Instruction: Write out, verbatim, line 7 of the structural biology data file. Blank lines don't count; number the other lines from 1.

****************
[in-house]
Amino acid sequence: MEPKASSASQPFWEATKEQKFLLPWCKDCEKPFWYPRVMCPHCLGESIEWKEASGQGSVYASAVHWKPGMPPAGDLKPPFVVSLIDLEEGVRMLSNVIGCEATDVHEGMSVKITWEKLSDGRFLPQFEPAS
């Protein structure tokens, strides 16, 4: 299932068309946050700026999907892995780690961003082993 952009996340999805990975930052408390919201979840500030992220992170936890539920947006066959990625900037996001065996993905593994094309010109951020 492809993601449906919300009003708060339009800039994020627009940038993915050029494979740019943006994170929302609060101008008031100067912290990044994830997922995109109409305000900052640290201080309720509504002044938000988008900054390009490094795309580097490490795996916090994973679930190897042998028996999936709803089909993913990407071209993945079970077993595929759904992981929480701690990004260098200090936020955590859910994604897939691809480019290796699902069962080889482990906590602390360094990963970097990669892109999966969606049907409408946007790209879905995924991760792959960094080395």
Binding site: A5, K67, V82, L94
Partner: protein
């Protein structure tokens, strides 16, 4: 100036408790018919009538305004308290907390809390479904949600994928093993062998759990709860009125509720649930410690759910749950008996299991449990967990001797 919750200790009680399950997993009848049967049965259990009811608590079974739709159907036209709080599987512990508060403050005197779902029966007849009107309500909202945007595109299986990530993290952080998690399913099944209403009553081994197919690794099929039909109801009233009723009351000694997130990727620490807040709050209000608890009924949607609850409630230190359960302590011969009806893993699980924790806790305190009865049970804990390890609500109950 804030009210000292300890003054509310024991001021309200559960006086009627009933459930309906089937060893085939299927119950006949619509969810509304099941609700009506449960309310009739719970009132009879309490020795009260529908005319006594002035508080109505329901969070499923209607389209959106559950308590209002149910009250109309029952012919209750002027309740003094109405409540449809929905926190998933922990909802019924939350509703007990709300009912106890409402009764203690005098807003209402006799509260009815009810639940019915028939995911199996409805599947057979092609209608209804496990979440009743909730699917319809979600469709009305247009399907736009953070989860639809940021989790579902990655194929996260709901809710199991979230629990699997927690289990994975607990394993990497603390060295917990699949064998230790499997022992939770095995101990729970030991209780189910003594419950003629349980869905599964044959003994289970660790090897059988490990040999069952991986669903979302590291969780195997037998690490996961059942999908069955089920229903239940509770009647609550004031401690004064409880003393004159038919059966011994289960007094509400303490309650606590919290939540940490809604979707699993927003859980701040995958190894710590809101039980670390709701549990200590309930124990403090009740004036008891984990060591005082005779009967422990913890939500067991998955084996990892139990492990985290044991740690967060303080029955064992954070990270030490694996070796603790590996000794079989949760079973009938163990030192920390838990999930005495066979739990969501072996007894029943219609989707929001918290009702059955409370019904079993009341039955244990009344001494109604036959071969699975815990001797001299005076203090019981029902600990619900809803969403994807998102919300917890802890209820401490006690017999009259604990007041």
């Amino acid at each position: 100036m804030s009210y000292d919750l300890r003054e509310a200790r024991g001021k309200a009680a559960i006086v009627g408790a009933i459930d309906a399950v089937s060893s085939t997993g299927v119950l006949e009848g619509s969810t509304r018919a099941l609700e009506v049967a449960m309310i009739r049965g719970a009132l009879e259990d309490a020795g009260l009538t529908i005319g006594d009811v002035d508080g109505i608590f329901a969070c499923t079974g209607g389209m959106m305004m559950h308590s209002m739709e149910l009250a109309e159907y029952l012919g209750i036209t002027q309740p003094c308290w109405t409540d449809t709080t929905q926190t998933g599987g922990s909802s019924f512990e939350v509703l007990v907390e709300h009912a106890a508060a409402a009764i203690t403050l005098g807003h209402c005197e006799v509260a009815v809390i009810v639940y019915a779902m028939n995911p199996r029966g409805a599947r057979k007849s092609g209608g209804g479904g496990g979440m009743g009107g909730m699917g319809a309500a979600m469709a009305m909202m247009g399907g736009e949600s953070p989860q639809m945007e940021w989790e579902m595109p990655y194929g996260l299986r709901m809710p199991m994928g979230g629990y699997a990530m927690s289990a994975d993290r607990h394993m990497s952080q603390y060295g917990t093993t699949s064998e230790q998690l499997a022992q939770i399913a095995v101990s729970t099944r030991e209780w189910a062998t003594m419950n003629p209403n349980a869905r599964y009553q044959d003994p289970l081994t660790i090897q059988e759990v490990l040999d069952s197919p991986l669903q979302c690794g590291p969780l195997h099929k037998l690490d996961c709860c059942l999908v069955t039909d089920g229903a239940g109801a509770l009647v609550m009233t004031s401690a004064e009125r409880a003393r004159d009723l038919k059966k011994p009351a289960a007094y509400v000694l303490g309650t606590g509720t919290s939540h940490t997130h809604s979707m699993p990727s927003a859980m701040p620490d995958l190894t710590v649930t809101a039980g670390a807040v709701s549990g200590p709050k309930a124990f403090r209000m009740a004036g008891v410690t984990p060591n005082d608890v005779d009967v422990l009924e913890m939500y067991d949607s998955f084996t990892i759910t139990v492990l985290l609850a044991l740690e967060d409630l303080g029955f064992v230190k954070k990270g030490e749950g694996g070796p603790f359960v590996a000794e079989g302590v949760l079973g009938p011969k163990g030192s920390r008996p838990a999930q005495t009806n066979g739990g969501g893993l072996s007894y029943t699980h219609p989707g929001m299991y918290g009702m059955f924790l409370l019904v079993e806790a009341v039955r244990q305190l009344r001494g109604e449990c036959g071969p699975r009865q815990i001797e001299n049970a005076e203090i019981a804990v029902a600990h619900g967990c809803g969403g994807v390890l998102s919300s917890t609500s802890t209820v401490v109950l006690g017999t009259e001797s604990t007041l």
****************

């Amino acid at each position: 100036m804030s009210y000292d919750l300890r003054e509310a200790r024991g001021k309200a009680a559960i006086v009627g408790a009933i459930d309906a399950v089937s060893s085939t997993g299927v119950l006949e009848g619509s969810t509304r018919a099941l609700e009506v049967a449960m309310i009739r049965g719970a009132l009879e259990d309490a020795g009260l009538t529908i005319g006594d009811v002035d508080g109505i608590f329901a969070c499923t079974g209607g389209m959106m305004m559950h308590s209002m739709e149910l009250a109309e159907y029952l012919g209750i036209t002027q309740p003094c308290w109405t409540d449809t709080t929905q926190t998933g599987g922990s909802s019924f512990e939350v509703l007990v907390e709300h009912a106890a508060a409402a009764i203690t403050l005098g807003h209402c005197e006799v509260a009815v809390i009810v639940y019915a779902m028939n995911p199996r029966g409805a599947r057979k007849s092609g209608g209804g479904g496990g979440m009743g009107g909730m699917g319809a309500a979600m469709a009305m909202m247009g399907g736009e949600s953070p989860q639809m945007e940021w989790e579902m595109p990655y194929g996260l299986r709901m809710p199991m994928g979230g629990y699997a990530m927690s289990a994975d993290r607990h394993m990497s952080q603390y060295g917990t093993t699949s064998e230790q998690l499997a022992q939770i399913a095995v101990s729970t099944r030991e209780w189910a062998t003594m419950n003629p209403n349980a869905r599964y009553q044959d003994p289970l081994t660790i090897q059988e759990v490990l040999d069952s197919p991986l669903q979302c690794g590291p969780l195997h099929k037998l690490d996961c709860c059942l999908v069955t039909d089920g229903a239940g109801a509770l009647v609550m009233t004031s401690a004064e009125r409880a003393r004159d009723l038919k059966k011994p009351a289960a007094y509400v000694l303490g309650t606590g509720t919290s939540h940490t997130h809604s979707m699993p990727s927003a859980m701040p620490d995958l190894t710590v649930t809101a039980g670390a807040v709701s549990g200590p709050k309930a124990f403090r209000m009740a004036g008891v410690t984990p060591n005082d608890v005779d009967v422990l009924e913890m939500y067991d949607s998955f084996t990892i759910t139990v492990l985290l609850a044991l740690e967060d409630l303080g029955f064992v230190k954070k990270g030490e749950g694996g070796p603790f359960v590996a000794e079989g302590v949760l079973g009938p011969k163990g030192s920390r008996p838990a999930q005495t009806n066979g739990g969501g893993l072996s007894y029943t699980h219609p989707g929001m299991y918290g009702m059955f924790l409370l019904v079993e806790a009341v039955r244990q305190l009344r001494g109604e449990c036959g071969p699975r009865q815990i001797e001299n049970a005076e203090i019981a804990v029902a600990h619900g967990c809803g969403g994807v390890l998102s919300s917890t609500s802890t209820v401490v109950l006690g017999t009259e001797s604990t007041l």